LightningStrike, a unmanned remote controlled aircraft, will weigh six tons that will be the size of a business jet. But it will be a VTOL – a vertical takeoff and landing plane – that stands to beat the Osprey, the aircraft that escorts President Obama’s Marine One helicopter, in speed and altitude.
“We’ve been growing and we plan to keep growing. Our footprint over the next two years will increase significantly,” said said Cherry, who moved into the private sector after starting out as an Air Force officer. He headed that military branch’s research lab.
Much of the work Aurora does is in “making flying robots work. To create opportunities to do things and have capabilities in a manner other platforms can’t do or as efficiently. We see a lot of growth both commercially as well as in defense work,” Cherry said.
Currently, 70 percent of Aurora’s work is government or government-related, the latter including NASA and the Federal Aviation Administration. The other 30 percent is for private sector clients.
The idea behind the work at Aurora is to make aircraft “smarter, more efficient and more cost effective,” Cherry said. “We’re moving from the jet age to the efficiency age.”
Incorporating more robotics is one way to achieve efficiency. Building lighter aircraft using composite materials is another. Aurora’s Massachusetts site focuses on propulsion, guidance and control, fault-tolerant avionics systems and cutting-edge new vehicle designs.
Its Autonomous Aerial Cargo Utility Systems or AACUS enables a Marine on the ground receive supplies in hostile territory via helicopter not flown by a human pilot.
Aurora is working with NASA on the development of a way to synchronize, hold and reorient satellites. The program is called SPHERES. With it “you can have one satellite focused on one part of the spectrum” with other satellites focused elsewhere, Cherry explained.
Another of its projects is a concept to automate operations on an aircraft to reduce the need for as many crewmen on board. The project is known as ALIAS, or Aircrew Labor In-cockpit Automation System.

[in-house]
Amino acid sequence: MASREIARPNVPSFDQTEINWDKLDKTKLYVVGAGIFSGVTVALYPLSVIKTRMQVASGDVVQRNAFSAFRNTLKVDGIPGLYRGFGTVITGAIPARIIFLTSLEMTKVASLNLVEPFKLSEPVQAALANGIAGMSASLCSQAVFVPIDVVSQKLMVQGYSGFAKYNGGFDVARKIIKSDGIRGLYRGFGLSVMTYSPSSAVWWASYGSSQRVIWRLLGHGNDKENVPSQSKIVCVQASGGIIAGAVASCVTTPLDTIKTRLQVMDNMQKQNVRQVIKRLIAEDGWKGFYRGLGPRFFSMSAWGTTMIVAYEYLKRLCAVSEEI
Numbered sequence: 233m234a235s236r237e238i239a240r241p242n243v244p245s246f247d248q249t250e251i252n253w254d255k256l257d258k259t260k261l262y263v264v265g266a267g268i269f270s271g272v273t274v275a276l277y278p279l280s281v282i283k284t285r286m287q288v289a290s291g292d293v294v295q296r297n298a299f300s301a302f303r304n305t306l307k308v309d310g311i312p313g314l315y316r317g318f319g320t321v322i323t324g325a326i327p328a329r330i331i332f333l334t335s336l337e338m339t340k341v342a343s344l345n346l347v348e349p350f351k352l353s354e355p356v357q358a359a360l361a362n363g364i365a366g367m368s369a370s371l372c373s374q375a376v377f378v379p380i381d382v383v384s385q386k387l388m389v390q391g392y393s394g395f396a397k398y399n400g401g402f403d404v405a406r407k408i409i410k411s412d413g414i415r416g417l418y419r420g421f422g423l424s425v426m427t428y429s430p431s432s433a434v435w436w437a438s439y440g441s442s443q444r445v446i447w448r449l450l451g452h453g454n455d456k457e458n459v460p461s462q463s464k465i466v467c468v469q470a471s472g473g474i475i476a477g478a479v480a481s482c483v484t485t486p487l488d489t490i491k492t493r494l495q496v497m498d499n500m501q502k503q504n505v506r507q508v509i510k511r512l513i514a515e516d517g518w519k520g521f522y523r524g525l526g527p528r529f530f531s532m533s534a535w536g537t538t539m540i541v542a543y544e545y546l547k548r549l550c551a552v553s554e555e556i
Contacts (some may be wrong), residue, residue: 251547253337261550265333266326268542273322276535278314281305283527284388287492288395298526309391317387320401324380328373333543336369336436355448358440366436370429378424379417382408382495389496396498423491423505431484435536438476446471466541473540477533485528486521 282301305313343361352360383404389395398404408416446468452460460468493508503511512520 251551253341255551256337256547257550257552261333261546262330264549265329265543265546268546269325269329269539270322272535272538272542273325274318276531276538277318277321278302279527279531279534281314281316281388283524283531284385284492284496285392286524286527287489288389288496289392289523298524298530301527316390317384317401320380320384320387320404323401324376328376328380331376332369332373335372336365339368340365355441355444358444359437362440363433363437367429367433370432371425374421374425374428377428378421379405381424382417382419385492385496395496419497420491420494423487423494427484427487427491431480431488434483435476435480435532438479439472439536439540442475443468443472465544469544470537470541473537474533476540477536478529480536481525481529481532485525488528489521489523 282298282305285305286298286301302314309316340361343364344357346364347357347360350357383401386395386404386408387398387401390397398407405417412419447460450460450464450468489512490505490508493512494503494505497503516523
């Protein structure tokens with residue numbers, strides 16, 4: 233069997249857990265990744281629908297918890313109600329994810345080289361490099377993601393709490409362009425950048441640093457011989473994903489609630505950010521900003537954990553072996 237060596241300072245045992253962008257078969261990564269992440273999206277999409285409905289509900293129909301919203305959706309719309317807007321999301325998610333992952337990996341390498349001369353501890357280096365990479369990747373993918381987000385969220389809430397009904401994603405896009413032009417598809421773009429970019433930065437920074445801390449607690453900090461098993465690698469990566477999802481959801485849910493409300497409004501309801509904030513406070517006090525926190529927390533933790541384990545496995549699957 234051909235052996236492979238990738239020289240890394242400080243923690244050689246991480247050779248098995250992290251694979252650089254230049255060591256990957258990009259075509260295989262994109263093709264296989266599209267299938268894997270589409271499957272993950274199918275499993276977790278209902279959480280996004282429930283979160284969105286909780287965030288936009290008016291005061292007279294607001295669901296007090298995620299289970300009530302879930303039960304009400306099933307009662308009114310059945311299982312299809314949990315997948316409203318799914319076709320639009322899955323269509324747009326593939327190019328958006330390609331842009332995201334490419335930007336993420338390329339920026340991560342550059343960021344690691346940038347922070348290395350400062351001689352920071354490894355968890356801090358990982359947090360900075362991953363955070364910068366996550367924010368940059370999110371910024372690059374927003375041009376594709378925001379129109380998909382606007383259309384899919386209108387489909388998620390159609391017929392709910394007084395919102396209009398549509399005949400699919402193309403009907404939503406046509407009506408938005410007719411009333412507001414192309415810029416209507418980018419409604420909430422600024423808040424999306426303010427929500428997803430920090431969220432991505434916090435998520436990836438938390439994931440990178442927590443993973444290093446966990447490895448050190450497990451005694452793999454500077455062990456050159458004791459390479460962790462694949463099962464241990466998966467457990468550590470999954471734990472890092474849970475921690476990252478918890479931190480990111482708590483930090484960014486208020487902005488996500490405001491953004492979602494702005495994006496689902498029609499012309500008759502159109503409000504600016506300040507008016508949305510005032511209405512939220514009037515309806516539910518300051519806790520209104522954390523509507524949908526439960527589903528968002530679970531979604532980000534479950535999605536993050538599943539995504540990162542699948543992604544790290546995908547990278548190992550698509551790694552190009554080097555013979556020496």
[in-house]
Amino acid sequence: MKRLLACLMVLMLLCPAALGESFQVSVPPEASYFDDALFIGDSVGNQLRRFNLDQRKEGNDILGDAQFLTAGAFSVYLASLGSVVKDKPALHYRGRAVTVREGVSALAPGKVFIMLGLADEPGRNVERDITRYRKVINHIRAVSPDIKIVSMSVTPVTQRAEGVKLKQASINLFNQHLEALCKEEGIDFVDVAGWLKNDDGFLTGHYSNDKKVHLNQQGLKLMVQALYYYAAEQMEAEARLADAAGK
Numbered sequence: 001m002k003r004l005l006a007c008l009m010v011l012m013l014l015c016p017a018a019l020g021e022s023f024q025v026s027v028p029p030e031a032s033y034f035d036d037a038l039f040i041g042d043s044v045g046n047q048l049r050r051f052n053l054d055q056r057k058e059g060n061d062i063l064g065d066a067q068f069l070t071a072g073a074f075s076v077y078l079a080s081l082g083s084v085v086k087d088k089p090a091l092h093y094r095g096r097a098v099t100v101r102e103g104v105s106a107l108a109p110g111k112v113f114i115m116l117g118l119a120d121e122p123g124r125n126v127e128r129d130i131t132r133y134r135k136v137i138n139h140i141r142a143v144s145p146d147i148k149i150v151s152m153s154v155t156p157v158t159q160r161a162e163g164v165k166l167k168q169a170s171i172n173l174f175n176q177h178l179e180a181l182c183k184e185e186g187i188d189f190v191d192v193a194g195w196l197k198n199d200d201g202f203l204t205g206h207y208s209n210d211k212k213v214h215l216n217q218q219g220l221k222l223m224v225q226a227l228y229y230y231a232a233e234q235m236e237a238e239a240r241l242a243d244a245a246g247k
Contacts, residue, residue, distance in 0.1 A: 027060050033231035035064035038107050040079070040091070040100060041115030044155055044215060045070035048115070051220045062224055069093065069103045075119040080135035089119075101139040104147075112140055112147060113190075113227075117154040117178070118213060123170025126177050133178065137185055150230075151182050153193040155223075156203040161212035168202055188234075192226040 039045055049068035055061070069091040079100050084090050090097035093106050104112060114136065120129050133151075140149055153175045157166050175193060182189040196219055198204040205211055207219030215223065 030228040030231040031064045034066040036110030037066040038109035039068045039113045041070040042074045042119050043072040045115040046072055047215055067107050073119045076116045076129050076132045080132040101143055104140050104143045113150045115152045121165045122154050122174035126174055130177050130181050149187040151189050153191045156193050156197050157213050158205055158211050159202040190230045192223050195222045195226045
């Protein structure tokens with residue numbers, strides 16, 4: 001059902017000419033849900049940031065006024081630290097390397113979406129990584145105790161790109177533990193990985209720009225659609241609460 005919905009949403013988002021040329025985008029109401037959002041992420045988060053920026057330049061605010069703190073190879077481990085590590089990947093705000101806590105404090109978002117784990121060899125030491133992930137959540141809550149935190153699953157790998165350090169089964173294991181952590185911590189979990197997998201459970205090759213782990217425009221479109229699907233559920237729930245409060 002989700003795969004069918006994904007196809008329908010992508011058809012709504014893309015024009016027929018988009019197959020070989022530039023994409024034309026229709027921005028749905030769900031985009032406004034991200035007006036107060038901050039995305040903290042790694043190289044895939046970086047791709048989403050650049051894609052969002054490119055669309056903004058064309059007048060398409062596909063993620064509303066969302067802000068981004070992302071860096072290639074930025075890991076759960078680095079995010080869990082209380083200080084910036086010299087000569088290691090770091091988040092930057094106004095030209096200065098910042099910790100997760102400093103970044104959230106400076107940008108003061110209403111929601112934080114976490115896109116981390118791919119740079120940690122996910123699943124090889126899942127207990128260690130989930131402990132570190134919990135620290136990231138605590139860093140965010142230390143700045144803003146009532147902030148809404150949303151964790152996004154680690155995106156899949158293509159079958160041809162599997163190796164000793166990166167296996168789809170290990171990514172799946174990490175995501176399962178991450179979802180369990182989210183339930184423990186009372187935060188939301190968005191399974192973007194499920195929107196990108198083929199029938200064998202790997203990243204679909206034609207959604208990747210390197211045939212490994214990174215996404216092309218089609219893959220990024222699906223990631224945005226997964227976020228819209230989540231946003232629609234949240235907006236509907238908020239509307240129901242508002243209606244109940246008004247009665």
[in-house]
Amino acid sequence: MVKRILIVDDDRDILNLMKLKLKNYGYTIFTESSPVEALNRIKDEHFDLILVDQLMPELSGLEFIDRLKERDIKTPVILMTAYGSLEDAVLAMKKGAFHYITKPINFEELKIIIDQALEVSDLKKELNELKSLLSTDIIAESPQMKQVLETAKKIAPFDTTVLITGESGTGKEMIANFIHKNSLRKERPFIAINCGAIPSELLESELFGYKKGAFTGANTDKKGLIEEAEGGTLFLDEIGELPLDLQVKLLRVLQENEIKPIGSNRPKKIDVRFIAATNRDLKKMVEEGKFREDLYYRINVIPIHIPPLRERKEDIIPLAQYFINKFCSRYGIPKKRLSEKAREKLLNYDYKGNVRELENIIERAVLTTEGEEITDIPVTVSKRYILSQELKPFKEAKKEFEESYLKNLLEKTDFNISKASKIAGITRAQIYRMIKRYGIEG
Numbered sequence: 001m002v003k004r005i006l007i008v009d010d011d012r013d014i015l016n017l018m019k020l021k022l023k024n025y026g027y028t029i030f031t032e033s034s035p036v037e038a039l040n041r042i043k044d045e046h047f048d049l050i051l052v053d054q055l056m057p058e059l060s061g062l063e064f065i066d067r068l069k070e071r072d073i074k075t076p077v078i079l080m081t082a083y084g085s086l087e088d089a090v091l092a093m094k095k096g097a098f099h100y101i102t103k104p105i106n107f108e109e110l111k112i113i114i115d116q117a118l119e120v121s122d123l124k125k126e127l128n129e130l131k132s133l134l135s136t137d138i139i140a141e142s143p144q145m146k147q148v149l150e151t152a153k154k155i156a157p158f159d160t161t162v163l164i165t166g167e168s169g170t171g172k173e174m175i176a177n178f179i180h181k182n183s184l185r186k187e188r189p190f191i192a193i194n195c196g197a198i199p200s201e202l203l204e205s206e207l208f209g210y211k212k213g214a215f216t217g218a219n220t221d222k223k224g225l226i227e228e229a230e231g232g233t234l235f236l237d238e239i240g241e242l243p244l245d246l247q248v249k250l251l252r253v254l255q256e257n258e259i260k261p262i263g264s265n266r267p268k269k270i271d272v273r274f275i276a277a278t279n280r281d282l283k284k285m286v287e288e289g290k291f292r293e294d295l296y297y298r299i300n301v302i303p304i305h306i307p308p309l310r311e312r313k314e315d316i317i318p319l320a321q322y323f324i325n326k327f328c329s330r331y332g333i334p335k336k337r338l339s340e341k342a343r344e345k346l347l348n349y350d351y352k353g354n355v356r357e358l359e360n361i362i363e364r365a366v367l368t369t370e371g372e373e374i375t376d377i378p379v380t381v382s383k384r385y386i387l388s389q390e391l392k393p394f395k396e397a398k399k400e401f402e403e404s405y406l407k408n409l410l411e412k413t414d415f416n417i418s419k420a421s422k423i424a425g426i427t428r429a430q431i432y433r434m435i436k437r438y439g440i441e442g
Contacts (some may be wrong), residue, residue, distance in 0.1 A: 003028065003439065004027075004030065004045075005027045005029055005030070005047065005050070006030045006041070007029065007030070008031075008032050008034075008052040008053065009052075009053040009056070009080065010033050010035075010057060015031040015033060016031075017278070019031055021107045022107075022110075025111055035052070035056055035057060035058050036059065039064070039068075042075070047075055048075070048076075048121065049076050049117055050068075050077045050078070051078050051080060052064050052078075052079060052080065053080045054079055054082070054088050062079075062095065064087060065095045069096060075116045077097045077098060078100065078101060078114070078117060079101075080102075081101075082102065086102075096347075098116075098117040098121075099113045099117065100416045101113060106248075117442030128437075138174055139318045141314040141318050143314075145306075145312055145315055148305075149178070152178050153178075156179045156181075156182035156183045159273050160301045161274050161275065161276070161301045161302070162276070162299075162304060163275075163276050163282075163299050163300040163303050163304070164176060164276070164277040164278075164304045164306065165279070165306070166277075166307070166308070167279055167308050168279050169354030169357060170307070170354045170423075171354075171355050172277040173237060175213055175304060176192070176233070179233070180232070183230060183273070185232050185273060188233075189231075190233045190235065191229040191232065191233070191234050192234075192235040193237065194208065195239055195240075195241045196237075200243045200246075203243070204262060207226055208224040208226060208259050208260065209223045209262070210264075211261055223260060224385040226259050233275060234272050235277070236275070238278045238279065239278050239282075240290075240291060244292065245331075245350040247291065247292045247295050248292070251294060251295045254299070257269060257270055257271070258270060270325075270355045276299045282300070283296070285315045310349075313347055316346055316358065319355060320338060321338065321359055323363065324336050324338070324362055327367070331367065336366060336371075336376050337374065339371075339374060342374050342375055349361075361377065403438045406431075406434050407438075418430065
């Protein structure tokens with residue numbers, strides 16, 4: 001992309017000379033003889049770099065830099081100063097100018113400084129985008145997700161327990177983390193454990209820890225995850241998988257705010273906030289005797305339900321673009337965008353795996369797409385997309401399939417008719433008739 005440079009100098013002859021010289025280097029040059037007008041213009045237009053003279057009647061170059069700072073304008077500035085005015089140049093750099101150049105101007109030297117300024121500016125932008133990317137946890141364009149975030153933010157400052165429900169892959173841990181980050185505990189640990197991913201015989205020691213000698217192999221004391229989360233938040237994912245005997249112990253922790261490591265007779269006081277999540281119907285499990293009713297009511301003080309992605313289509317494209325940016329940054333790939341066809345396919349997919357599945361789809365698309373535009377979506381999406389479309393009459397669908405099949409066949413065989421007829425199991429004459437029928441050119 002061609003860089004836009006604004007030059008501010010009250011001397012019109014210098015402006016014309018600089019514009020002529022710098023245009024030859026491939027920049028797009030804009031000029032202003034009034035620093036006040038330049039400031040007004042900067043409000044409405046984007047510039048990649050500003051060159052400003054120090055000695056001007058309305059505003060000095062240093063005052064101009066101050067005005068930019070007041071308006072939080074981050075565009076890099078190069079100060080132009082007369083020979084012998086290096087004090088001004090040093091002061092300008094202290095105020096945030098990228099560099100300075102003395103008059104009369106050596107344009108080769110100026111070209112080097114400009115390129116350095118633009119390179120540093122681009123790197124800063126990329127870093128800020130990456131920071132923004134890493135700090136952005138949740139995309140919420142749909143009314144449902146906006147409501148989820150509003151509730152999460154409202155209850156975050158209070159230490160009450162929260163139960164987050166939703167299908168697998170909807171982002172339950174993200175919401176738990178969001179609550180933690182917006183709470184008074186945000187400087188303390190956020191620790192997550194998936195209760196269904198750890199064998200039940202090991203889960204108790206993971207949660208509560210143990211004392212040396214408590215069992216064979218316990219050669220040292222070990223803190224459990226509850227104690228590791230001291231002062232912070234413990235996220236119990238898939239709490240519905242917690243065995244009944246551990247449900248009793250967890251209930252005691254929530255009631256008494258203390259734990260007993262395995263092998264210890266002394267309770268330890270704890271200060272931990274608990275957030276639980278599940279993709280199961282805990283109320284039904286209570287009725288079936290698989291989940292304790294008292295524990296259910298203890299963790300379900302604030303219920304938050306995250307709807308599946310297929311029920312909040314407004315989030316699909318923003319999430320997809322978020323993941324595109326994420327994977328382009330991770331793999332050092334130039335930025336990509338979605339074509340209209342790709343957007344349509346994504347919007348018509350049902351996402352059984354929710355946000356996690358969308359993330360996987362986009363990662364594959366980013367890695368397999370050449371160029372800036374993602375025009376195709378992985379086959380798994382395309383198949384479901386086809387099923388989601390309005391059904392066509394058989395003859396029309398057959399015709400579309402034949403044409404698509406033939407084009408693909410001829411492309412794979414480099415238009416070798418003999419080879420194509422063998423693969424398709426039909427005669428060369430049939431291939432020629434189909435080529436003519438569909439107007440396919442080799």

Aurora has also developed the Centaur, an aircraft that can be flown manned, unmanned or augmented. Unmanned, it can be sent in areas deemed too dangerous for a pilot.
The company’s Orion set the world record for long-endurance flight of an unmanned aircraft with an 80-hour flight, topping the previous record of 30 hours.
Panoptes Systems Corporation is a division of Aurora that’s engaged in efforts to make unmanned aircraft flying in the national airspace safer and more efficient. Its eBumper4 is a collision avoidance system. It’s designed as a retrofit kit that can be installed by the drone operator. It can be used on some of the most widely-owned consumer drones on the market.
“This is a technology that does the same function as a human would do in detecting obstacles,” Cherry said. “It’s a safety bumper, so to speak.”
“Sensing and avoiding is a big area” under development, added Francis X. “Chip” Sheller, vice president of communications and public affairs for Aurora. The public “will have to have a level of comfort” before the age of driver-less cars and pilot-less commercial aircraft becomes commonplace and accepted, he said.
He said those who work at Aurora have the benefit of seeing “the fruits of their labor,” starting with an initial idea, through development, testing and production.
“They get to work on things hands-on. Elsewhere you can work on something for 20 years and not see the result,” he said.
More information about the work Aurora does can be found on the company’s website at www.aurora.aero.
A glimpse into the future at the General Jimmy Doolittle Operations Center. No classified
information or ITAR sensitive data is contained within these photos. Photo by Adam Goings.